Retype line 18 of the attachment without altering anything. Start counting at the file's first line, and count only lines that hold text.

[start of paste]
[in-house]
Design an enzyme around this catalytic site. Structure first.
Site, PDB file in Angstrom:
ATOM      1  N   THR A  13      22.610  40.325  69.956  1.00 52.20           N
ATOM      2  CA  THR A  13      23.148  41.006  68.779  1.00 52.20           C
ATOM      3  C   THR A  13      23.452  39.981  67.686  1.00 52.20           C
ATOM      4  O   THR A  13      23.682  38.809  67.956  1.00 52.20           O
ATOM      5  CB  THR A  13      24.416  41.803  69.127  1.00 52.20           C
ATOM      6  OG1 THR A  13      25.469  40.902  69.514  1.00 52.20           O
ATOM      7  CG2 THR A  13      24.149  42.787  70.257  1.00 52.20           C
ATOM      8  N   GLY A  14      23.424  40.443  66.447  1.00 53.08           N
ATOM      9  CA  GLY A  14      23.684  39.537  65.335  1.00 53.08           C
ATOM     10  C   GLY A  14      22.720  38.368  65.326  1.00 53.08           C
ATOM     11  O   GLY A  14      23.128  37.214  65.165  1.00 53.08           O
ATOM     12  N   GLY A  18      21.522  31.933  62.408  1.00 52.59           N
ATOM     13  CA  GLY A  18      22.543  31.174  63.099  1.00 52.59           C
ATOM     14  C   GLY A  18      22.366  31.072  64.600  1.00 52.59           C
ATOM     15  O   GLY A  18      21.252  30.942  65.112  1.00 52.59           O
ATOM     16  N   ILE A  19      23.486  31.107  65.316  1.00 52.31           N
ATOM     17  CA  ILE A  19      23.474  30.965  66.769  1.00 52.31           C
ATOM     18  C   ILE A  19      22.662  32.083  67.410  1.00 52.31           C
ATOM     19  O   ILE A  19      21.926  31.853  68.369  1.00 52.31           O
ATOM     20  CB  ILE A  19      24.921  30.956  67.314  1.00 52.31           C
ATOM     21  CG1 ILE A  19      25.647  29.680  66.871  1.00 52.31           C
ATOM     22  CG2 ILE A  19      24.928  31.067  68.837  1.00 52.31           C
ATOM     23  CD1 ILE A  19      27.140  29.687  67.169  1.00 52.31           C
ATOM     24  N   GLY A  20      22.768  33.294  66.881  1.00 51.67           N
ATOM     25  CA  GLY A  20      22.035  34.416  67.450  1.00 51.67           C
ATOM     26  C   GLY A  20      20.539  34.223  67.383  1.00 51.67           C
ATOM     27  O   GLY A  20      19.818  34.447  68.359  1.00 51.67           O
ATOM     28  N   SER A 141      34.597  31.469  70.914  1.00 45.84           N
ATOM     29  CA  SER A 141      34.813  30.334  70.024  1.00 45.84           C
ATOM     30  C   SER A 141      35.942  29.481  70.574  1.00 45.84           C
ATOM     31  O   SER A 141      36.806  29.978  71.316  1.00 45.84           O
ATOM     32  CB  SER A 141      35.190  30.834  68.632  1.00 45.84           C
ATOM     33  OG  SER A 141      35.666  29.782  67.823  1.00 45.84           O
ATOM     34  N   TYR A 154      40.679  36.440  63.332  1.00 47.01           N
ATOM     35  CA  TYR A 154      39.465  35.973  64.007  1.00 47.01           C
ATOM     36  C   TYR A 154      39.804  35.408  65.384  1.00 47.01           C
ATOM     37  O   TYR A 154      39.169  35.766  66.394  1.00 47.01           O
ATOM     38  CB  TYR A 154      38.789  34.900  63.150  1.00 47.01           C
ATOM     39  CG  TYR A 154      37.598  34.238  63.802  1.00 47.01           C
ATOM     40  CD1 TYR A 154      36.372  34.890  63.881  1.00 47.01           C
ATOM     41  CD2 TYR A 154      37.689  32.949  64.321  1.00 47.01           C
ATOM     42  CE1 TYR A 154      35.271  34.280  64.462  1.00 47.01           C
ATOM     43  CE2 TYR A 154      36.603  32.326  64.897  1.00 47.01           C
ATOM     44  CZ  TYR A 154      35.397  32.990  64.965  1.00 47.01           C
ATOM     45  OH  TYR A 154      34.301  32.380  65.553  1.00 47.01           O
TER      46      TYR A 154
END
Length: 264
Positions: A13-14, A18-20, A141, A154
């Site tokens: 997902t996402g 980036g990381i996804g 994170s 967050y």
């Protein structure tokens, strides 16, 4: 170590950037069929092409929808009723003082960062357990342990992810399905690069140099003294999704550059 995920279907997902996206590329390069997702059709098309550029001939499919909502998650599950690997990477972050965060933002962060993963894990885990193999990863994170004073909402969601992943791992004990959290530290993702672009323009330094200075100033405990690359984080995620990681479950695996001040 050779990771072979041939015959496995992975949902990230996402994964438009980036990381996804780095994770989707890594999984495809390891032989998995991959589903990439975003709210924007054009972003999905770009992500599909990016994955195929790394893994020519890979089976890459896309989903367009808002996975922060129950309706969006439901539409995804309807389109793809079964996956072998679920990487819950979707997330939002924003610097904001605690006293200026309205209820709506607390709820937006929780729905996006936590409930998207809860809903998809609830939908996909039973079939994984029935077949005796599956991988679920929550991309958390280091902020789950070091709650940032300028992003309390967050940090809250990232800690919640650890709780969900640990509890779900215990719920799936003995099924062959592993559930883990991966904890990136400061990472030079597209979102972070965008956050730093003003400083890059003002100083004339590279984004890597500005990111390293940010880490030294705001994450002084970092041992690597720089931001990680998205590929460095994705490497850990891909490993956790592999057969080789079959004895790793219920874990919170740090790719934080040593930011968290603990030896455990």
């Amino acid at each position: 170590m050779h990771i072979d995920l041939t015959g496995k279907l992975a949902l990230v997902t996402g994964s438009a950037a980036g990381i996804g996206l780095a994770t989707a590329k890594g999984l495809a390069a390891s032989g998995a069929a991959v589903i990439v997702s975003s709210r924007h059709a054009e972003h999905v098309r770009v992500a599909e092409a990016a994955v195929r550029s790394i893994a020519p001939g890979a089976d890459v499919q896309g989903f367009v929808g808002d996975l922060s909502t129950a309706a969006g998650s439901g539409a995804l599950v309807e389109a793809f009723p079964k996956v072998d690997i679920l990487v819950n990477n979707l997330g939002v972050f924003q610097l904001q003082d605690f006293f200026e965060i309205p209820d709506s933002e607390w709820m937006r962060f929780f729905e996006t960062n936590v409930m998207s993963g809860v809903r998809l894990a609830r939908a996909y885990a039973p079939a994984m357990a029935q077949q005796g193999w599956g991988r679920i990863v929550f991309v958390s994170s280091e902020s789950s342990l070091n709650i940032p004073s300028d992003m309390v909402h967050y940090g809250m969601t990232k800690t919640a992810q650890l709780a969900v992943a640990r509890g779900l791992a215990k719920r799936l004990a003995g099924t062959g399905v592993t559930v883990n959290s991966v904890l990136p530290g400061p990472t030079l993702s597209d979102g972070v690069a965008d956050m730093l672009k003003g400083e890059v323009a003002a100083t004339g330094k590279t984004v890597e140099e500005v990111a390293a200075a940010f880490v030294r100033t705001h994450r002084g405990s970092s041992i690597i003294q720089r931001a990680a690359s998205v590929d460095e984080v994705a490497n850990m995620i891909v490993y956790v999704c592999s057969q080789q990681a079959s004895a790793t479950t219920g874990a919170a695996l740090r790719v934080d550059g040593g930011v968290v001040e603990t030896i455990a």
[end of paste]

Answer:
ATOM     15  O   GLY A  18      21.252  30.942  65.112  1.00 52.59           O